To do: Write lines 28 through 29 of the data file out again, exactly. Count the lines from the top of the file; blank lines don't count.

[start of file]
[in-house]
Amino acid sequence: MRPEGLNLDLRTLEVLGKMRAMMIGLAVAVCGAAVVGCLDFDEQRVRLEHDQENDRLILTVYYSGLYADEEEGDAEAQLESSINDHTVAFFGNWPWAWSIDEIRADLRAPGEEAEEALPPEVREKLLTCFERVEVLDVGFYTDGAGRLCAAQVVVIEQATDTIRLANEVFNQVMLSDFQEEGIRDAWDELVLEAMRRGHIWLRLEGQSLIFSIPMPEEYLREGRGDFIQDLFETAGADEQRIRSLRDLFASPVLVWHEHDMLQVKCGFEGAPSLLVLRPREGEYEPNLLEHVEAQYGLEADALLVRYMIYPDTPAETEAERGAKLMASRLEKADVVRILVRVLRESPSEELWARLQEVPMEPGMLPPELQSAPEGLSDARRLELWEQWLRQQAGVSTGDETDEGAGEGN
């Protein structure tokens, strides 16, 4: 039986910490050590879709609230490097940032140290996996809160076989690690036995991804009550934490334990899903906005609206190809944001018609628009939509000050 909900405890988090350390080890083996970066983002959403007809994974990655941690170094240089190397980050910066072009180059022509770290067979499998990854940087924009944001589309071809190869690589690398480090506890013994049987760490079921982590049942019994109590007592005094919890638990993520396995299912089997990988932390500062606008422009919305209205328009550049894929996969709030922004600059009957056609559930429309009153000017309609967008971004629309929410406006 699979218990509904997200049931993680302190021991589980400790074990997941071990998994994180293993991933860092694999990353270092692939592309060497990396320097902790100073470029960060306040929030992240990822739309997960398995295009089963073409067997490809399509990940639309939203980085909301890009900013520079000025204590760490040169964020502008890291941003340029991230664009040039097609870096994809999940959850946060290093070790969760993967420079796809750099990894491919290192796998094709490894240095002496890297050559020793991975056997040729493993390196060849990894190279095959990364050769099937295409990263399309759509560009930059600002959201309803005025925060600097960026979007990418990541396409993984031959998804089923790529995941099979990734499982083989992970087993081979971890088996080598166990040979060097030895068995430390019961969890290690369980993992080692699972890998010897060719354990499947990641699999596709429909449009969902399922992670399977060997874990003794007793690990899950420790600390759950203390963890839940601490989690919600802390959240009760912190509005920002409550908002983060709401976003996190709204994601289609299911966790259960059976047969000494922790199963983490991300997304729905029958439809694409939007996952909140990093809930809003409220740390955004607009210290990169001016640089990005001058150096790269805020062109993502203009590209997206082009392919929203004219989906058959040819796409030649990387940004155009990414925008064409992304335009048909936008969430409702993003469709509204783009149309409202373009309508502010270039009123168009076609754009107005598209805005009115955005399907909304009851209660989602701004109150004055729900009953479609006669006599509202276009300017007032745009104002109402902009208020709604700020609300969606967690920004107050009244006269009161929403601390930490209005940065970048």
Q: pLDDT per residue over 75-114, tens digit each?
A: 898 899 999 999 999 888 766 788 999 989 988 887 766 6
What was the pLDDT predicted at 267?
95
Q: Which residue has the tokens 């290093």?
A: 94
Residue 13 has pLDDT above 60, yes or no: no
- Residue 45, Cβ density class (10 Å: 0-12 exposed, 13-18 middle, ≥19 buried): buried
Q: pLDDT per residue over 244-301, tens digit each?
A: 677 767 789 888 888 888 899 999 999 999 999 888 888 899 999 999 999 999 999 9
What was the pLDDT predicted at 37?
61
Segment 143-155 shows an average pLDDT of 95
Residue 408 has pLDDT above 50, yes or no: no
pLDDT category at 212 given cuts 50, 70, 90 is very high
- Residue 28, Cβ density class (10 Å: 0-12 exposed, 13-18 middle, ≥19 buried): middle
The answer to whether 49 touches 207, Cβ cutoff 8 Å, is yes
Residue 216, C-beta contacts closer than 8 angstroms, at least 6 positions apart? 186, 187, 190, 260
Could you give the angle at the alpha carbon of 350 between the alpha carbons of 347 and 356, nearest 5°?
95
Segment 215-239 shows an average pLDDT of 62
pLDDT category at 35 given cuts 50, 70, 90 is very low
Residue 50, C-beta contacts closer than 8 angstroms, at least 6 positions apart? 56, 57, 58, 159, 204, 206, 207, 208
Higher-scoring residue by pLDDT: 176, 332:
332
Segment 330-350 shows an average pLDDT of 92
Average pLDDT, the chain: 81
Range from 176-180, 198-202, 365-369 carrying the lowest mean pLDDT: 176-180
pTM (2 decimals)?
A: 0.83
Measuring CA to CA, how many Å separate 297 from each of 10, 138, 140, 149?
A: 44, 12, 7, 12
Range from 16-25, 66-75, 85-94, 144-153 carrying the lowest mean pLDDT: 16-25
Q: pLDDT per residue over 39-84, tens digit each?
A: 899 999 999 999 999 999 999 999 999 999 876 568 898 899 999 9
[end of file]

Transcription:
332
Segment 330-350 shows an average pLDDT of 92